Book Review: Rumi – Selected Poems by Coleman Barks
Mawlana Rumi is a name that conjures up a lot of different images in peoples’ minds. Unfortunately most of them are wrong.
Mawlana Rumi was born into a family of Hanafi jurists in modern day Afghanistan. His family fled from the Mongol invasion to Konya in modern day Turkey. Rumi followed in his father’s footsteps as an orthodox jurist and became the Imam of the people of Konya. Then one day a wandering dervish known as Shams-i-Tabriz walked into his life and Rumi was changed forever. Much like Imam al-Ghazali wandering in the desert, the numerous seclusions Rumi shared with Shams ignited a flame inside of him that showed the raw spiritual aspects of Islam. He came to realise like Imam al-Ghazali that there is more to Islam than just books and scholarship, and that as slaves of God you have to experience true emotional devotion to your divine Creator in order to worship Him fully.
What resulted in Rumi’s revelation were pages upon pages of some of the greatest poetry ever written by men.
Unfortunately since the 60s hippies era, certain modern day orientalists have hijacked traditional Sufi teachings to perpetuate ideas of ‘Divine Unity’ and ‘Universalism’. Although there were some people who attached the label of ‘Sufi’ to themself and subscribed to ideas of ‘Wahdat-ul-Wujuud’ and pantheism (All creation are manifestations of God and one with Him), they were rejected by Orthodox Sufis. On top of that, when many Sufi writers would talk about passion and love with regards to the Divine, they would use imagery of human compassion as a symbolic way of understanding how one may feel when coming close to God. As a result many westerners have taken these lines of poetry, and carefully left out talk of God and have used it dress up their own carnal desires.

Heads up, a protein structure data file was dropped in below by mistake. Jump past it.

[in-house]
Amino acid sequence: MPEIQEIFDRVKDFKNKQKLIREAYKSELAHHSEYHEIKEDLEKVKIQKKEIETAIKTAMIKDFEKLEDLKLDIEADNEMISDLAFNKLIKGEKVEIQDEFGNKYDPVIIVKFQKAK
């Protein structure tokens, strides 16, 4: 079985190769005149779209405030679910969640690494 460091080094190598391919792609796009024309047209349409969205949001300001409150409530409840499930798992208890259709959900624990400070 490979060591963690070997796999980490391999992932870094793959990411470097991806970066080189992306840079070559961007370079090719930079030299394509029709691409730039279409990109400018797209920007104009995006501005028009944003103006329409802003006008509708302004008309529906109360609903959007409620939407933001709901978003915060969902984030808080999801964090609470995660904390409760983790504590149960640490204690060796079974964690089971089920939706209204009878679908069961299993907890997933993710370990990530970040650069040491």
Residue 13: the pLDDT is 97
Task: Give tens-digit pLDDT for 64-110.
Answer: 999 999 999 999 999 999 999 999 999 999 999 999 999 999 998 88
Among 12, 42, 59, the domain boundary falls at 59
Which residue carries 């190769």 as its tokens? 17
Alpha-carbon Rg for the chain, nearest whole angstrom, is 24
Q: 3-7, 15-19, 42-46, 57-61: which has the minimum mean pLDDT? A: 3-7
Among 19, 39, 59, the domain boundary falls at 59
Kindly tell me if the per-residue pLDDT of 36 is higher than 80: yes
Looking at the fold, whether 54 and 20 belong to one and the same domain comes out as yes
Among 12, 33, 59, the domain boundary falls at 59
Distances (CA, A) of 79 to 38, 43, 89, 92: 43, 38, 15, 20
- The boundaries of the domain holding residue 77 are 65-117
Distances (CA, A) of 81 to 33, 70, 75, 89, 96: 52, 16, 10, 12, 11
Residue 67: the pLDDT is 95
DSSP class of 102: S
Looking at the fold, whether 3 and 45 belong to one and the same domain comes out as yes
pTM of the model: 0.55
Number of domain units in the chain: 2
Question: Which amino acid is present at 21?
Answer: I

Rumi’s work has been at the forefront of this barrage of misunderstanding. Although Coleman Barks’s collection does retain many Islamic subject material, a lot of the work does seem to contain many of the fabricated works that have been wrongly attributed to Rumi.
One example is the famous passage:
Not Christian or Jew or Muslim, not Hindu Buddhist, sufi, or zen. Not any religion or cultural system. I am not from the East or the West, not out of the ocean or up from the ground, not natural or ethereal, not composed of elements at…
It makes absolutely no sense Rumi would have written this, especially when the main plethora of his works are to do with how to become a better Muslim, not an atheist! Another counter example is the fact that in the Mathnawi he has a very long tale of a Jewish king’s vizier who planned to kill the Christians of a city. The only Christians who were saved were the ones who accepted that Muhammad (SAWS) was mentioned in the Gospel!
Another case where the work does not seem to be Rumi’s is the story of a king who sends an army to steal the beautiful concubine of the king of Mosul. The imagery in that story is tantamount to pornography, I am highly doubtful a Muslim jurist in the Middle Ages would have written such a work. (Although to be fair the moral of the story is quite good!)
Saying all this, Coleman Barks’s collection isn’t all bad. I still appreciated Rumi’s poetry through Barks’s writing, albeit he didn’t translate it from the Persian but reworked AJ Arberry’s works, which to be honest I think is the wrong way to go about it. It’s a good general introduction to Rumi, but I wouldn’t recommend it to others.
If you are looking for the real Rumi (“The Muslim one”), I have started reading Volume One of the Masnavi translated by Jawid Mojaddedi. Almost half way through, it has blown me away. The Masnavi(/Mathnawi) is the REAL Rumi. Mojaddedi is a Muslim who speaks Persian and has translated the work with an understanding of Islamic culture and Persian language. What adds to it as well is that he has made most of the work into rhyming couplets in an attempt to mirror the beauty the poetry carries in its original Persian. I will write a full review insha’Allah once I have finished reading it.